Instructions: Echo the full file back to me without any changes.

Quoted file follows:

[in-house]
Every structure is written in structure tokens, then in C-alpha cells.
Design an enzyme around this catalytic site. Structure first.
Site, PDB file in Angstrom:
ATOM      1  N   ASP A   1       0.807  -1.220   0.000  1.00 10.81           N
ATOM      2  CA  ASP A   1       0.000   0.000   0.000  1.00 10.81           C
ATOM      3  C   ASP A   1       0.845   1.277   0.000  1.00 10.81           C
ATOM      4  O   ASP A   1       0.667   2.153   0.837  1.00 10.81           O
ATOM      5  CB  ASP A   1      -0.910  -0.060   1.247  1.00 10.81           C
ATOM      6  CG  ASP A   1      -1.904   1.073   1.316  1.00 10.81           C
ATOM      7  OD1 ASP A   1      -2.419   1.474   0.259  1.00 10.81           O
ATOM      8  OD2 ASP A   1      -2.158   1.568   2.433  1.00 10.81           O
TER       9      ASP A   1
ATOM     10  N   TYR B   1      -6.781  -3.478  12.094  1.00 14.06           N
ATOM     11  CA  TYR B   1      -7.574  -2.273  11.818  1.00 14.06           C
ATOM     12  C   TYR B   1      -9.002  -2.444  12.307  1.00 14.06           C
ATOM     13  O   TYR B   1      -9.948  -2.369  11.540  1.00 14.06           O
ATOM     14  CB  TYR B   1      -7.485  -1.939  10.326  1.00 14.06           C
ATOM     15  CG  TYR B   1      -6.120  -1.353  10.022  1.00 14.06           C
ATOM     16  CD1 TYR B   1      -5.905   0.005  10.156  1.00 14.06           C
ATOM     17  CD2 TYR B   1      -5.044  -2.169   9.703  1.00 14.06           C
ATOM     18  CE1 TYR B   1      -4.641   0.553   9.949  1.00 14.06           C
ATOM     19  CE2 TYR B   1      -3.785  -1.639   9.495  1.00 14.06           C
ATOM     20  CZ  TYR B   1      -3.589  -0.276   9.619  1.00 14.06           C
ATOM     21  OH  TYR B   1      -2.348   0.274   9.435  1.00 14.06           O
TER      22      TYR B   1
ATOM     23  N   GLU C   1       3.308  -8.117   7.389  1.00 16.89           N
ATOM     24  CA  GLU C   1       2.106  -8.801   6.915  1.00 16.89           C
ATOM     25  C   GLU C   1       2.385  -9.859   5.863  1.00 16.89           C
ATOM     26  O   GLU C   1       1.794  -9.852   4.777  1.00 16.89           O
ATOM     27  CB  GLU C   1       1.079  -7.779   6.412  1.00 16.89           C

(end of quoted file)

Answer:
[in-house]
Every structure is written in structure tokens, then in C-alpha cells.
Design an enzyme around this catalytic site. Structure first.
Site, PDB file in Angstrom:
ATOM      1  N   ASP A   1       0.807  -1.220   0.000  1.00 10.81           N
ATOM      2  CA  ASP A   1       0.000   0.000   0.000  1.00 10.81           C
ATOM      3  C   ASP A   1       0.845   1.277   0.000  1.00 10.81           C
ATOM      4  O   ASP A   1       0.667   2.153   0.837  1.00 10.81           O
ATOM      5  CB  ASP A   1      -0.910  -0.060   1.247  1.00 10.81           C
ATOM      6  CG  ASP A   1      -1.904   1.073   1.316  1.00 10.81           C
ATOM      7  OD1 ASP A   1      -2.419   1.474   0.259  1.00 10.81           O
ATOM      8  OD2 ASP A   1      -2.158   1.568   2.433  1.00 10.81           O
TER       9      ASP A   1
ATOM     10  N   TYR B   1      -6.781  -3.478  12.094  1.00 14.06           N
ATOM     11  CA  TYR B   1      -7.574  -2.273  11.818  1.00 14.06           C
ATOM     12  C   TYR B   1      -9.002  -2.444  12.307  1.00 14.06           C
ATOM     13  O   TYR B   1      -9.948  -2.369  11.540  1.00 14.06           O
ATOM     14  CB  TYR B   1      -7.485  -1.939  10.326  1.00 14.06           C
ATOM     15  CG  TYR B   1      -6.120  -1.353  10.022  1.00 14.06           C
ATOM     16  CD1 TYR B   1      -5.905   0.005  10.156  1.00 14.06           C
ATOM     17  CD2 TYR B   1      -5.044  -2.169   9.703  1.00 14.06           C
ATOM     18  CE1 TYR B   1      -4.641   0.553   9.949  1.00 14.06           C
ATOM     19  CE2 TYR B   1      -3.785  -1.639   9.495  1.00 14.06           C
ATOM     20  CZ  TYR B   1      -3.589  -0.276   9.619  1.00 14.06           C
ATOM     21  OH  TYR B   1      -2.348   0.274   9.435  1.00 14.06           O
TER      22      TYR B   1
ATOM     23  N   GLU C   1       3.308  -8.117   7.389  1.00 16.89           N
ATOM     24  CA  GLU C   1       2.106  -8.801   6.915  1.00 16.89           C
ATOM     25  C   GLU C   1       2.385  -9.859   5.863  1.00 16.89           C
ATOM     26  O   GLU C   1       1.794  -9.852   4.777  1.00 16.89           O
ATOM     27  CB  GLU C   1       1.079  -7.779   6.412  1.00 16.89           C